Consumers seek coupons for $25 deals on everything from massages to restaurants, but what about tax deals?
Parents who pay attention to their tax return can often recover thousands of dollars for everything from raising children to sending them to day care or college. Yet taxpayers leave billions of unclaimed credits on the table, according to federal figures.
Whether you do taxes on paper or online, watch for these potential deals. And take advantage of them because many could be reduced in a couple of years as short-term tax laws expire. Here are ways to save money:
Child tax credit. Parents can cut their tax bill by as much as $1,000 a child, up to a total of $3,000. Children must be under age 17, and there are income requirements to meet. The credit starts to phase out when married couples’ incomes top $110,000 and single parents’ exceed $75,000. But parents still might qualify for some limited credit with incomes up to $130,000 for couples and $95,000 if single, said William Massey, a tax analyst with Thomson Reuters.
Earned income credit. This credit is intended to help people who work but earn little. The amount of the credit is influenced by the number of children you have. For example, a couple with three children could have an income up to $48,362 and qualify, but a single person with no children would have to have an income under $13,460. The maximum credit with three children is $5,666, but if you are childless, it’s $457. To find out if you are eligible, use the table in IRS Publication 596.
Sending kids to college. The American Opportunity Tax Credit can take some of the sting out of paying college tuition and fees. You can get a credit of up to $2,500 per student per year for each of four years for college. To get the full benefit, income for a couple must be no more than $160,000; for singles, $80,000. But some credit is available for couples with income up to $180,000, or $90,000 for singles. The rules are covered in Publication 970.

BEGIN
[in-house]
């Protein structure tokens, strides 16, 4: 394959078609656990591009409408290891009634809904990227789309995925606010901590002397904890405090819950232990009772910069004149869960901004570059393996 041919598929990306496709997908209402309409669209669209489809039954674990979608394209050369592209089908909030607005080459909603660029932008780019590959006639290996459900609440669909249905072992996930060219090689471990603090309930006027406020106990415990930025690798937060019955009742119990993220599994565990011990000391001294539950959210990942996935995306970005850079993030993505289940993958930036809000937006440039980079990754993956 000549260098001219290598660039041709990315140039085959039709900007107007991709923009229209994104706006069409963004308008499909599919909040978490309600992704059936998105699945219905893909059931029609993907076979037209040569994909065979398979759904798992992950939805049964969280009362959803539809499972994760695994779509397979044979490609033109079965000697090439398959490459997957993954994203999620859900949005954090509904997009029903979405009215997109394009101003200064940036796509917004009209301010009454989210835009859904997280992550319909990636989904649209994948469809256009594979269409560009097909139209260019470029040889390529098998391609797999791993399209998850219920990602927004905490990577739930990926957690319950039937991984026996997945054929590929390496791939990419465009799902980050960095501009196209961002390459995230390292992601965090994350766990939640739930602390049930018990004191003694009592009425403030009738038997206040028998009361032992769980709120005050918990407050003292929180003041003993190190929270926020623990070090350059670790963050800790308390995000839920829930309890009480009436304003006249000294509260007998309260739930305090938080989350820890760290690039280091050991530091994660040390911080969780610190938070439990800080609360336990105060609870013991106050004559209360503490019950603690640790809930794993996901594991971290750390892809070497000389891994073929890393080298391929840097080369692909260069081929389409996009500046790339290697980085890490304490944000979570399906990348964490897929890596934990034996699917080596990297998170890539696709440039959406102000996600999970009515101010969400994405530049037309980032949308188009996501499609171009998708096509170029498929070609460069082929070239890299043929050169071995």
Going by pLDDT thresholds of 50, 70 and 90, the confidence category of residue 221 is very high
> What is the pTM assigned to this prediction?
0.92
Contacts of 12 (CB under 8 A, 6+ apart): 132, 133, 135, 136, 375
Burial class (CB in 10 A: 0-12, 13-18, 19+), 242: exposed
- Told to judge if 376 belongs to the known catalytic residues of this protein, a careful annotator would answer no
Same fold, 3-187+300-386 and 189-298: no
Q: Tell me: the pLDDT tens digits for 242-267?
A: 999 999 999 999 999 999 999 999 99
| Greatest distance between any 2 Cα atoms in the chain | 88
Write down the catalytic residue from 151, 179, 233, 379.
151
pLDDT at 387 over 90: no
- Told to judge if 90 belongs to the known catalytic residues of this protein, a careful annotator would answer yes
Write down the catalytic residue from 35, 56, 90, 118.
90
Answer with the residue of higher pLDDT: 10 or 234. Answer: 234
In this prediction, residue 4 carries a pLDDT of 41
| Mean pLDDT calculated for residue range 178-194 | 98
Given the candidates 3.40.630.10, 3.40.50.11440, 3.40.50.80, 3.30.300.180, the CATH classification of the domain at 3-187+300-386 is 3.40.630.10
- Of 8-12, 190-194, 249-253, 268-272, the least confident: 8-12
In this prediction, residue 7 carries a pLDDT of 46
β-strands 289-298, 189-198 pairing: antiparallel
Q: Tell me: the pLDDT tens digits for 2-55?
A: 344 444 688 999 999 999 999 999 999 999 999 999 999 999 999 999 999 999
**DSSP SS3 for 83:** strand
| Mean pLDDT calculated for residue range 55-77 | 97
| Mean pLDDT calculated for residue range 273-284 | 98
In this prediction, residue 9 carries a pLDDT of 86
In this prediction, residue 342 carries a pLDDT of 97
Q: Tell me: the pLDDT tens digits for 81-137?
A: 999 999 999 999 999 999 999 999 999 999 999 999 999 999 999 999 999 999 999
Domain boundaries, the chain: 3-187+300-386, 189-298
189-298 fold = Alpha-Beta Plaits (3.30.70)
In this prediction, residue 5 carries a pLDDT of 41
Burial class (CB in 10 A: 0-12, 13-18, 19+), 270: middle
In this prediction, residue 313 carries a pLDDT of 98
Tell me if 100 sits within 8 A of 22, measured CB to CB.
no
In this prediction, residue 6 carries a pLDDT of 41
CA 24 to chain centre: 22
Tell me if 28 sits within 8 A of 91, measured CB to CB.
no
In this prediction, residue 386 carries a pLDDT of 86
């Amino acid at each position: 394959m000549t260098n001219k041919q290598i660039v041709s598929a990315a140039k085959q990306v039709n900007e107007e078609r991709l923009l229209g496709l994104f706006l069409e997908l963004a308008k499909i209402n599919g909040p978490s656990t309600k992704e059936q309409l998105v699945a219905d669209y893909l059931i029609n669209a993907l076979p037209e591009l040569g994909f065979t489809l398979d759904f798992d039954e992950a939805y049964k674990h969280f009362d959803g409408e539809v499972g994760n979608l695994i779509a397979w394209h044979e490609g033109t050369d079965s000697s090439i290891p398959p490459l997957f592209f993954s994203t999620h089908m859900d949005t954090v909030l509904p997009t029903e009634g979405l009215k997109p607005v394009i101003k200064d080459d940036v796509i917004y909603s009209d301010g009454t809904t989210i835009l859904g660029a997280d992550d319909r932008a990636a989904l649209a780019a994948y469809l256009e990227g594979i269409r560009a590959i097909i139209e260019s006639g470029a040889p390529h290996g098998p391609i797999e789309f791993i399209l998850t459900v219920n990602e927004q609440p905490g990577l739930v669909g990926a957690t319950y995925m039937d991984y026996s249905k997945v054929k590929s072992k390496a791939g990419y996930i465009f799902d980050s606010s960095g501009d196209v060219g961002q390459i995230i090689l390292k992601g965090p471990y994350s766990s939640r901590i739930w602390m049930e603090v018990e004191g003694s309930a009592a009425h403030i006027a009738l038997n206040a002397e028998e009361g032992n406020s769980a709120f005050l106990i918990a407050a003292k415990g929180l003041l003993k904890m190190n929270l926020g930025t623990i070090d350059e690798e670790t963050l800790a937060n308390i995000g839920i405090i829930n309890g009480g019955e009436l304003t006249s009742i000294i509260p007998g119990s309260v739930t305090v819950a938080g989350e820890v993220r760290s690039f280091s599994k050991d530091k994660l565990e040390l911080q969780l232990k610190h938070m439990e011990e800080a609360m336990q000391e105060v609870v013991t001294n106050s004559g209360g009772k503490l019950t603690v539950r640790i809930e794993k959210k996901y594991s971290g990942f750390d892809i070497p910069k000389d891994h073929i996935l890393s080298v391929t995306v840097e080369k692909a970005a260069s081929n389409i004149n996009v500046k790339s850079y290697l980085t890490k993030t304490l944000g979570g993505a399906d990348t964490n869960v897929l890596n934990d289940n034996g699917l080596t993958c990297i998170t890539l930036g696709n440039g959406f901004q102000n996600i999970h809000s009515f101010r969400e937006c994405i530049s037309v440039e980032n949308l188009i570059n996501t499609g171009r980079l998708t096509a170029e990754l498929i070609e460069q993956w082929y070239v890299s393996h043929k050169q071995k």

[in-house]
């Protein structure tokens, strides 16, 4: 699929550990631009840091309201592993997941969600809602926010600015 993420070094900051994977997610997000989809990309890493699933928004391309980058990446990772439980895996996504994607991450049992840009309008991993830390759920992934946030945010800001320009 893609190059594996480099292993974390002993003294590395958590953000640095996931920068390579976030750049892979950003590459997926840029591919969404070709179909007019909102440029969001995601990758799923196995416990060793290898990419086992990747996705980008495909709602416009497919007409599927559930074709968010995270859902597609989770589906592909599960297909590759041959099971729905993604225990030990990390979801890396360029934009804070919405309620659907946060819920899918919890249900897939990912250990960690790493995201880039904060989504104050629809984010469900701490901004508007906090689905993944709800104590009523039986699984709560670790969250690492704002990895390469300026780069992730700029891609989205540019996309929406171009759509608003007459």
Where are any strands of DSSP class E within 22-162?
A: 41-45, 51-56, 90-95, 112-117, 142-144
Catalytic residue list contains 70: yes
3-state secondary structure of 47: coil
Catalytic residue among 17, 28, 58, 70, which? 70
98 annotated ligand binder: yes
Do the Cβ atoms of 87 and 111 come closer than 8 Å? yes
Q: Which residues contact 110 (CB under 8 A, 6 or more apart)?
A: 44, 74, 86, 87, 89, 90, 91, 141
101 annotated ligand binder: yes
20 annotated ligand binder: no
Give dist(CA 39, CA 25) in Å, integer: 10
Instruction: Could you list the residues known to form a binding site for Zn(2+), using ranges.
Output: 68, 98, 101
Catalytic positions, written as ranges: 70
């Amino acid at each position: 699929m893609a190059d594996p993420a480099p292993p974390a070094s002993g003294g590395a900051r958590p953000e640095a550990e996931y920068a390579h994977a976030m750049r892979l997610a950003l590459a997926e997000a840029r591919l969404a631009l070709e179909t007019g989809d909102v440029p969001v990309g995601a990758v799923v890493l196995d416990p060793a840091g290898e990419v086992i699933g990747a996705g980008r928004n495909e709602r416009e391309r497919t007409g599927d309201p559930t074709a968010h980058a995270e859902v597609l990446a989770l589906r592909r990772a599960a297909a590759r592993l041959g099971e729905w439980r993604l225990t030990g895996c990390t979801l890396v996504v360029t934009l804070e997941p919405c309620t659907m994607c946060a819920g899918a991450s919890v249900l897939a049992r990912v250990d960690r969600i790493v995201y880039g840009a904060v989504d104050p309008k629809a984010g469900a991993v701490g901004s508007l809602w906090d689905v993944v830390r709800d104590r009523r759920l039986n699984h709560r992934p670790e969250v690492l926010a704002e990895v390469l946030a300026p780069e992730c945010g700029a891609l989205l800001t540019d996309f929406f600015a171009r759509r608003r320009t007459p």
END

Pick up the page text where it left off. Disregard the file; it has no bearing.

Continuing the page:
Adopted child. Recent tax changes have enhanced the credits available to parents who adopt children, said Mark Luscombe, a tax analyst for CCH. Parents can receive a credit for up to $13,170 for expenses, such as legal fees, incurred while adopting a child. In some cases, travel costs may also be covered if the adoption was done away from home. Parents adopting special needs children may be able to get the full $13,170 credit even if they did not spend that much. Use Form 8839.
Child care expenses. If you pay someone to care for a child under age 13 while you work, you can get a credit for up to 35 percent of the costs up to $3,000 per child or $6,000 for two children. This can cover care in your home as long as it’s not provided by a spouse or one of your other children. See Publication 503.
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